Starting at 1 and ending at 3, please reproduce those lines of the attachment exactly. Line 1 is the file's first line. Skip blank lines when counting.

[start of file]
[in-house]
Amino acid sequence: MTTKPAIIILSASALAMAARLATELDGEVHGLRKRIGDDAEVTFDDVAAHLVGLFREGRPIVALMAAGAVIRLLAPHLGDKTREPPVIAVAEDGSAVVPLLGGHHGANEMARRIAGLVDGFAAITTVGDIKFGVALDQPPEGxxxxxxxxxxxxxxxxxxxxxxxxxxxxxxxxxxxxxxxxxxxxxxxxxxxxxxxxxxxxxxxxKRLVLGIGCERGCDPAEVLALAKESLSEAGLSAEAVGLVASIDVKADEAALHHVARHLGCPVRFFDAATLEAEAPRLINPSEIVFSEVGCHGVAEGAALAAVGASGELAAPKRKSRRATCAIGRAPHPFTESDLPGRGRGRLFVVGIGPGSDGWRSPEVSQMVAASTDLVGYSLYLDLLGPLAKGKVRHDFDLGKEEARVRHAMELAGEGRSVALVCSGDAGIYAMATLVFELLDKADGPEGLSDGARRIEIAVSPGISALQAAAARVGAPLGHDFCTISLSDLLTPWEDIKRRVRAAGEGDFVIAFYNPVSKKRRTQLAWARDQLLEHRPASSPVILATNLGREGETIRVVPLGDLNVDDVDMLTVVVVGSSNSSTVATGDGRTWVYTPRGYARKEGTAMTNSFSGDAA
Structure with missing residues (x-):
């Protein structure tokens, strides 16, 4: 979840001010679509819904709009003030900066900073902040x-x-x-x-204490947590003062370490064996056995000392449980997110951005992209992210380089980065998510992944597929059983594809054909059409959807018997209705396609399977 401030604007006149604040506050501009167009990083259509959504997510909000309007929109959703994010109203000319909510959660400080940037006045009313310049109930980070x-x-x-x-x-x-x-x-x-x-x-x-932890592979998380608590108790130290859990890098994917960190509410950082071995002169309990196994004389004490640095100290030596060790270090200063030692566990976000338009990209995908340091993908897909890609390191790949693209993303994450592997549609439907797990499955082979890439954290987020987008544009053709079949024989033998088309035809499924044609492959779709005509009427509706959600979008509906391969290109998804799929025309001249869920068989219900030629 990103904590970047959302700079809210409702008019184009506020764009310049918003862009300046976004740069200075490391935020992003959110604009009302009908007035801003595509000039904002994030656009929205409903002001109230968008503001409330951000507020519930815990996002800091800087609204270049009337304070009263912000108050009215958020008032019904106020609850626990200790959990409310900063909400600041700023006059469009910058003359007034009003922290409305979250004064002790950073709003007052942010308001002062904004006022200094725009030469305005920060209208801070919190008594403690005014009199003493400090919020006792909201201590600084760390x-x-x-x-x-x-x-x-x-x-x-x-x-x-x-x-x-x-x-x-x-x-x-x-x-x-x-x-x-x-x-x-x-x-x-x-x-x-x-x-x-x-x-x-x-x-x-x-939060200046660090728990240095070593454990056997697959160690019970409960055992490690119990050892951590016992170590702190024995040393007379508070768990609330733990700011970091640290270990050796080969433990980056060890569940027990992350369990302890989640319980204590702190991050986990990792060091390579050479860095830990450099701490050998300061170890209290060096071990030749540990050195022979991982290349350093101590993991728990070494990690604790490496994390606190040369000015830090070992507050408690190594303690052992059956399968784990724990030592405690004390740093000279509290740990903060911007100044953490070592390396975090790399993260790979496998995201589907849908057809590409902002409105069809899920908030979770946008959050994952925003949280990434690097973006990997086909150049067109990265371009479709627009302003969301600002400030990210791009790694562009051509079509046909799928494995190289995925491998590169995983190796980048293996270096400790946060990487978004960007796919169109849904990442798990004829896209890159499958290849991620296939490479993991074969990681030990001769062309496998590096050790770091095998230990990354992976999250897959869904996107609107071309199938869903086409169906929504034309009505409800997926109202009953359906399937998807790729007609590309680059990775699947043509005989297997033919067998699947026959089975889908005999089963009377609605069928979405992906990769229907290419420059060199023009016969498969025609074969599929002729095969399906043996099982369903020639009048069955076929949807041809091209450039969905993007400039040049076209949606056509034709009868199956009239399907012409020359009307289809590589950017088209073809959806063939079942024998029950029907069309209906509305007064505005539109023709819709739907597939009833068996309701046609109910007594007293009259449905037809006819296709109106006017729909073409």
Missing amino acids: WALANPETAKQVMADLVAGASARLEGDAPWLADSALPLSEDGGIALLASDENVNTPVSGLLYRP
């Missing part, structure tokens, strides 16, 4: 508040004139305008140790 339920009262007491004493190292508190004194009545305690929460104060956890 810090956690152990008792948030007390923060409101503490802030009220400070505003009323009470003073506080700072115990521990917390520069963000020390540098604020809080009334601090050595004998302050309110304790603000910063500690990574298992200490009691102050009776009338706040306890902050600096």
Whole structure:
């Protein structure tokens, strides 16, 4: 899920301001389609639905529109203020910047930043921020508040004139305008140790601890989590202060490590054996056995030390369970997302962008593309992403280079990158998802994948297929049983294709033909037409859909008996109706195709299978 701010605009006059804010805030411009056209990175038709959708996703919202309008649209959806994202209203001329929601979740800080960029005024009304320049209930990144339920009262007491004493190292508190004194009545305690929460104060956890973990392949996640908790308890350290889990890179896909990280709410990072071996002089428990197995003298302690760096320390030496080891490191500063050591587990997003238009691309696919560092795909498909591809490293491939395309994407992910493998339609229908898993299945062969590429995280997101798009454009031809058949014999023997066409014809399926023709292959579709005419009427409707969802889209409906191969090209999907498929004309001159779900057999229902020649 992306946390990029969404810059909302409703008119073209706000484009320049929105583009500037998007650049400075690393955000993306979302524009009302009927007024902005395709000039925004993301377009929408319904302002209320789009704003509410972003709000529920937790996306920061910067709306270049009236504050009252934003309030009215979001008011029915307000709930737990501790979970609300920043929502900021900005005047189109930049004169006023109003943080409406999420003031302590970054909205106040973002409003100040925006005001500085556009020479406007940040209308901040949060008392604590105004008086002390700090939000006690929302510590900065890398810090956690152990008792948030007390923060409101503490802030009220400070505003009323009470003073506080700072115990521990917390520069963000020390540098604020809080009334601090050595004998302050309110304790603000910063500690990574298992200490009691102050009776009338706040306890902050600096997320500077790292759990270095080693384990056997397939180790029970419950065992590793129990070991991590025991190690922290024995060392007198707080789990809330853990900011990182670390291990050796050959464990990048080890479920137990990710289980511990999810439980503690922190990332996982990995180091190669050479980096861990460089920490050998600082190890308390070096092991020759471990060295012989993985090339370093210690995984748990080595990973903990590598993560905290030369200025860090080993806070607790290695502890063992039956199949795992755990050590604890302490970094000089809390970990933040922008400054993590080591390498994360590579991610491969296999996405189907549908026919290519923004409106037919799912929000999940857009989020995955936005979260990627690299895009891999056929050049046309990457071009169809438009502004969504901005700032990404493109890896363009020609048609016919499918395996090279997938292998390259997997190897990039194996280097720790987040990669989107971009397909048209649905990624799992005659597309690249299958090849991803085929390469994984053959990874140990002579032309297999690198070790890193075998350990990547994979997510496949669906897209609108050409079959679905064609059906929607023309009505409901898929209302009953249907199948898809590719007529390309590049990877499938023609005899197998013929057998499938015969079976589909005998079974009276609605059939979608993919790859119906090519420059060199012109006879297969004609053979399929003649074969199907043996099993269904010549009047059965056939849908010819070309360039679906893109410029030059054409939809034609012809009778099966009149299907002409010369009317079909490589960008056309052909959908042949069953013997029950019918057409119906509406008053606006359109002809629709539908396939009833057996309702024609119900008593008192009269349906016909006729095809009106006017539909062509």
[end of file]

[in-house]
Amino acid sequence: MTTKPAIIILSASALAMAARLATELDGEVHGLRKRIGDDAEVTFDDVAAHLVGLFREGRPIVALMAAGAVIRLLAPHLGDKTREPPVIAVAEDGSAVVPLLGGHHGANEMARRIAGLVDGFAAITTVGDIKFGVALDQPPEGxxxxxxxxxxxxxxxxxxxxxxxxxxxxxxxxxxxxxxxxxxxxxxxxxxxxxxxxxxxxxxxxKRLVLGIGCERGCDPAEVLALAKESLSEAGLSAEAVGLVASIDVKADEAALHHVARHLGCPVRFFDAATLEAEAPRLINPSEIVFSEVGCHGVAEGAALAAVGASGELAAPKRKSRRATCAIGRAPHPFTESDLPGRGRGRLFVVGIGPGSDGWRSPEVSQMVAASTDLVGYSLYLDLLGPLAKGKVRHDFDLGKEEARVRHAMELAGEGRSVALVCSGDAGIYAMATLVFELLDKADGPEGLSDGARRIEIAVSPGISALQAAAARVGAPLGHDFCTISLSDLLTPWEDIKRRVRAAGEGDFVIAFYNPVSKKRRTQLAWARDQLLEHRPASSPVILATNLGREGETIRVVPLGDLNVDDVDMLTVVVVGSSNSSTVATGDGRTWVYTPRGYARKEGTAMTNSFSGDAA
Structure with missing residues (x-):